NEW DELHI -- Three years have passed since roughly 9,000 people died in a massive earthquake in Nepal. In the aftermath of the disaster with no way to earn money, there has been no end to cases of women and children falling victim to human trafficking across the Indian border.
"I was locked in a dark room all day, and there were days where I would be forced to service 20 people. I wasn't allowed to even see the light of the sun, and I thought about dying over and over again," a 24-year-old Nepali woman who fell victim to trafficking and was forced into prostitution for roughly nine months in New Delhi said in a quivering voice. She was rescued by a nongovernmental organization (NGO) in May 2017.
The woman comes from the eastern part of Nepal. The farm where she lived and worked was destroyed by the April 2015 earthquake, and she lost her job. She worked as a cook at a hotel after that, but once rent was deducted from her monthly paycheck, she was only left with 500 Nepalese rupees (approximately 510 yen) to buy food.
With few options, a male acquaintance told her that he knew of a safe job in India where she could make money, and she crossed the border in a bus accompanied by the man. But where they eventually arrived was a brothel in New Delhi.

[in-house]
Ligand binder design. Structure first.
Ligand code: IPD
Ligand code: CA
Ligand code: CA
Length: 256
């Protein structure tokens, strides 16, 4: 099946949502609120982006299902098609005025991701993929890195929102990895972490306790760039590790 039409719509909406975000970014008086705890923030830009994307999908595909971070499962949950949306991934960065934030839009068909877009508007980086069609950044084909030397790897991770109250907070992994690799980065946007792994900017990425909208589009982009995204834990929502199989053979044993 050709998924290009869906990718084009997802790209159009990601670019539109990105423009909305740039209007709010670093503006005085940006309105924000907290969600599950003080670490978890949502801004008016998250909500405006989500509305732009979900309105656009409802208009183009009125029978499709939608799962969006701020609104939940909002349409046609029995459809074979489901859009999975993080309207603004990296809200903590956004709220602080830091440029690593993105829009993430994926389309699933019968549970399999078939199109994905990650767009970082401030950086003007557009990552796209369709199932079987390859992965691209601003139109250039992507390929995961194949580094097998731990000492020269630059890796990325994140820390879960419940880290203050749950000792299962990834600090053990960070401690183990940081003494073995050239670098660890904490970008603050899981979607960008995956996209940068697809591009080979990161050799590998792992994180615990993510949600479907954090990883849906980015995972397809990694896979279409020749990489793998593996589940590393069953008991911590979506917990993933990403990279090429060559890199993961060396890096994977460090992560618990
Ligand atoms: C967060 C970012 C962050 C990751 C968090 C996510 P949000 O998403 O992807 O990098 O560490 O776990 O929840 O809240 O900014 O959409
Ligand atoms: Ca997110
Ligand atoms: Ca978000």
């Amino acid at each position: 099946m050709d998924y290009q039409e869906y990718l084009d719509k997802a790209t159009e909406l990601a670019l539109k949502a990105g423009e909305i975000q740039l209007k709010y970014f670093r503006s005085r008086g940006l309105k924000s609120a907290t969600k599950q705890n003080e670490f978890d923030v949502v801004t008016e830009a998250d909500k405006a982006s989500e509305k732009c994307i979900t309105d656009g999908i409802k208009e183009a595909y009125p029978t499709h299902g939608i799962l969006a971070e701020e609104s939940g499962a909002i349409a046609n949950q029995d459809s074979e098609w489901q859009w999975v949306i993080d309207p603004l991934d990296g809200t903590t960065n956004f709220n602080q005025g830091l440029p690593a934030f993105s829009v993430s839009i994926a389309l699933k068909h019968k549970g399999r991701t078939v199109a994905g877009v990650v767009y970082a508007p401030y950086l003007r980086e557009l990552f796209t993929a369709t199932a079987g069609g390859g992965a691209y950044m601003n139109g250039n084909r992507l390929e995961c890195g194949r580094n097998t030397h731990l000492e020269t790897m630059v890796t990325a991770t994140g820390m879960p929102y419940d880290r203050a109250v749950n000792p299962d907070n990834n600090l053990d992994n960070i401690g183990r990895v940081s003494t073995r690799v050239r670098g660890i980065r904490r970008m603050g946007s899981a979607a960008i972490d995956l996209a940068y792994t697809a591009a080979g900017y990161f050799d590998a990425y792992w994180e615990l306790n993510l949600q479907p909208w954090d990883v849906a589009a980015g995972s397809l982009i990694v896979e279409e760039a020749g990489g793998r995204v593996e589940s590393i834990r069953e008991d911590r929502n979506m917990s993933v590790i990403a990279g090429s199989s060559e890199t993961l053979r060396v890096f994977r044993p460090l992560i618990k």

"They watched me carefully and I couldn't escape," she said. "There are many women who are suffering in the same conditions."
According to Indian authorities, the number of Nepali victims rescued on the border rose to 336 in 2015, the year of the quake, while there had only been 33 cases the previous year. In 2016, that number further grew to 501, and ballooned to 607 people in 2017. The majority of those who have been rescued are women aged 16 or younger, and many of them were about to be sold into prostitution.
The Nepali government is also taking countermeasures against the alarming trend, and has already saved roughly 13,600 people before they could fall victim to human trafficking during the 2016 fiscal year.
"The overall number of cases of human trafficking is growing," said Santosh Sedhai, head of investigations for NGO Rescue Foundation, which is leading efforts to save victims. "The traffickers have already thought of how to escape capture." Concerning the present conditions in Nepal three years after the deadly quake, he added, "The tourism industry has recovered, but there are many victims still struggling to make a living. Support for victims and economic growth are important issues."
(Japanese original by Satoshi Matsui, New Delhi Bureau)